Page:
The hidden agenda in reporting and the secret to reading critically
The secret to reading critically? Ask yourself this:
Why am I reading this article NOW?
Just do that. You’re not saying that the article is a lie. You’re not saying that the article isn’t important. You’re saying that there is a metagame at play here with the author and the sources of that article. You’re saying that you are aware of that metagame and you’re going to take that into account before deciding your behaviour in reaction to that article.
Who are the Writers of the World-As-It-Is? They are Republicans. They are Democrats. They are central bankers. They are pundits. They are politicians. They are oligarchs. They are in every nation on Earth. They have ONE thing in common. They’re Writing for their own political and economic advantage. And they’re really, really good at shaping our behaviours with their words.
It’s never been more important to read critically and think critically. Not because you’re a nihilist or you believe in nothing. But because you believe in yourself. Because you’re smart enough and wise enough to make up your own damn mind.

Why is Xerox (or others) making hand sanitizer?
Xerox is going to soon start manufacturing hand sanitizer. It's also getting into the ventilator business. Earlier this month, a partnership with a technology firm was announced that will help Xerox manufacture a specific type of ventilator and monitor for hospitals and emergency response units.
If you asked their executives a year ago if they planned to get into the hand sanitizer or ventilator business, they would react as if you'd lost your mind. But now these businesses might turn out to be potential longer-term revenue streams. Who knows?
Hand sanitizer might be the foundation of a new strategy to make and sell other office-related supplies that could be positioned to dovetail nicely with Xerox's workplace offerings. The manufacture of ventilators will certainly keep the company’s workforce engaged and thinking during these slower times, and who knows what new techniques for making office equipment will be discovered while in the process of making hospital equipment? And hey … with Xerox’s existing infrastructure, maybe manufacturing ventilators is more profitable than manufacturing printers. This could be an entirely new venture. Again, who knows?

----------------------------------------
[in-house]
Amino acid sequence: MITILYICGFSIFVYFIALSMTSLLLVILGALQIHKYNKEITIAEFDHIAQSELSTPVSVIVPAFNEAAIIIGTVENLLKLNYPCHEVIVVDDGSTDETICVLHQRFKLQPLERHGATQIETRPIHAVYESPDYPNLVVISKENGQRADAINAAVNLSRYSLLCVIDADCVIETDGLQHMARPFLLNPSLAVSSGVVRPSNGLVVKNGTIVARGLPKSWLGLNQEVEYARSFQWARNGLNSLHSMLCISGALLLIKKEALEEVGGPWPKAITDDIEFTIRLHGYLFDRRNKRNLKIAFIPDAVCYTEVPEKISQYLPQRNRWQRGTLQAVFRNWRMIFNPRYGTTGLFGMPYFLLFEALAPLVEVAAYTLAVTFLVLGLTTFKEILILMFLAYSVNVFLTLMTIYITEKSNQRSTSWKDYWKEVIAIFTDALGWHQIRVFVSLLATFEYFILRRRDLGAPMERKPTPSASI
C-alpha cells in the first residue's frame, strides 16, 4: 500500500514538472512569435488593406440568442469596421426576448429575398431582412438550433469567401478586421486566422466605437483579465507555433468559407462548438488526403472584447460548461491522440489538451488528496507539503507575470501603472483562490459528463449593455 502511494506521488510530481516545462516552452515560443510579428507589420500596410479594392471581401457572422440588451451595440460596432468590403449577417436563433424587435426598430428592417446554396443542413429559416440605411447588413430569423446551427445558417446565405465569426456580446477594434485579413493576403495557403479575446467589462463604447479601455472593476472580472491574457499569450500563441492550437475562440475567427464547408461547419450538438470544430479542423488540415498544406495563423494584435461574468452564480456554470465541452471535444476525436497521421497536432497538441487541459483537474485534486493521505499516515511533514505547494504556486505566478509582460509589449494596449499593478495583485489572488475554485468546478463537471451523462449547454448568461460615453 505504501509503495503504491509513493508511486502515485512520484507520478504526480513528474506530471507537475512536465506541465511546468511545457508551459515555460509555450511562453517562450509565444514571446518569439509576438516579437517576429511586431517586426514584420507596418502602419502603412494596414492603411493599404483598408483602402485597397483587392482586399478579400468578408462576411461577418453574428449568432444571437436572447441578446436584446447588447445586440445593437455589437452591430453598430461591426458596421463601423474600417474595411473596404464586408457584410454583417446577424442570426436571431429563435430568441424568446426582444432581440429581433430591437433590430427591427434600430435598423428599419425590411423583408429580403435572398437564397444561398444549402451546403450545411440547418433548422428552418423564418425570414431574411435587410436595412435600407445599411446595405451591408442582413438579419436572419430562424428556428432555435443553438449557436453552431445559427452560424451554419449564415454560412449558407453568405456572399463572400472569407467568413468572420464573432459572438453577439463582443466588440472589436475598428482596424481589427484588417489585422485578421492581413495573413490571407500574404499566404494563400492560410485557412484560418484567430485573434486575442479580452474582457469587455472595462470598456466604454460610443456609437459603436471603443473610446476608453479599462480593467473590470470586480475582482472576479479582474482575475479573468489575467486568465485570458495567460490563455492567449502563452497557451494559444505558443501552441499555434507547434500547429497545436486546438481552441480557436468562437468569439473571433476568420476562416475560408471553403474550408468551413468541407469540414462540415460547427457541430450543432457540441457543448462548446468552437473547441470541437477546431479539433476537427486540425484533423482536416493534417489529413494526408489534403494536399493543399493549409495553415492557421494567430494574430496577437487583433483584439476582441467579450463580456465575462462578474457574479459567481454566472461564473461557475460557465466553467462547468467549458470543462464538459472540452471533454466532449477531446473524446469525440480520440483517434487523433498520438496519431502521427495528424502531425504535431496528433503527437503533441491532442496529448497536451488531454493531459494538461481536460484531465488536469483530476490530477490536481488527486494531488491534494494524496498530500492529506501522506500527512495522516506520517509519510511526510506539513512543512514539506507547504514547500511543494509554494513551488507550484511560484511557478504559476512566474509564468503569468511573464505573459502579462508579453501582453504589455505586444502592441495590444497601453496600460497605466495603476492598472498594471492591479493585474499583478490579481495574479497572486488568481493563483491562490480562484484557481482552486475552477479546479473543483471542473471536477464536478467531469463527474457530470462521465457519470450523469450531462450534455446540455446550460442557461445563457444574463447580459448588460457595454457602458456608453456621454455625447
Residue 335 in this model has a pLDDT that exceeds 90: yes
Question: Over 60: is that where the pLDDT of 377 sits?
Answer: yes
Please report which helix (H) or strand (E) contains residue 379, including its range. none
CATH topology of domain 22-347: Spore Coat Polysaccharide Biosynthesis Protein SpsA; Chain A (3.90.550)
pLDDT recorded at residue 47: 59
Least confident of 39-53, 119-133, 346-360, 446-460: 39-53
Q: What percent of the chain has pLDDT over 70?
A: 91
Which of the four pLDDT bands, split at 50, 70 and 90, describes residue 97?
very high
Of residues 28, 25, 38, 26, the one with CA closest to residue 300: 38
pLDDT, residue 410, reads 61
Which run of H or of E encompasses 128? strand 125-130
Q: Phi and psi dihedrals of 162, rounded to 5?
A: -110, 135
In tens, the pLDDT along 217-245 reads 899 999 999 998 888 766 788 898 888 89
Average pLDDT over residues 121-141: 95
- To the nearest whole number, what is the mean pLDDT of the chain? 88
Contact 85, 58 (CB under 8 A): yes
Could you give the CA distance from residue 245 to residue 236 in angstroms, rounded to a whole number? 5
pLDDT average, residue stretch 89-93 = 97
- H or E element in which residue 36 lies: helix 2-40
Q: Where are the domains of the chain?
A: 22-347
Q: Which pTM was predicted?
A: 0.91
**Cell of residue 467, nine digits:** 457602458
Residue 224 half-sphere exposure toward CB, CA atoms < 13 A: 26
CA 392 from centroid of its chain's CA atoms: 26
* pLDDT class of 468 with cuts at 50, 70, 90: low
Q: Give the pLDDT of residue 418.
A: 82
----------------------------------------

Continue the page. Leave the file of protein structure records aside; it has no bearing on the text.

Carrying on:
What drives private markets in India - growth or alpha?
The growth we computed as the return in the financial performance of the investee company from the time of entry to the time of exit. We determined Alpha by calculating the difference between overall IRR and Growth. This represented the PE/VC fund’s ability to invest at a valuation multiple lower than that at which it could exit from the investee company.
Since private transactions incorporate something of a discount for lack of marketability (DLOM), our initial hypothesis was that Alpha’s contribution to IRR would be substantial. Instead, we found Growth accounted for 31.3% and Alpha just 5.1% per year of IRR (Total IRR = [(1+ growth%) * (1+alpha%) -1].
So to return to the question posed in our title, our analysis of PE/VC backed Indian IPOs since 1 January 2015 gives a clear answer. Funds generated the vast majority of the 38% average IRR because they invested in high-growth companies in their early years.
Growth, not Alpha, then is the key driver of PE/VC returns in India.

The new digital currency in China
China will begin trialling payments in its new digital currency in four major cities from next week. In recent months, China’s central bank has stepped up its development of the e-RMB, which is set to be the first digital currency operated by a major economy. State-media outlet China Daily said it had been formally adopted into the cities’ monetary systems, with some government employees and public servants to receive their salaries in the digital currency from May.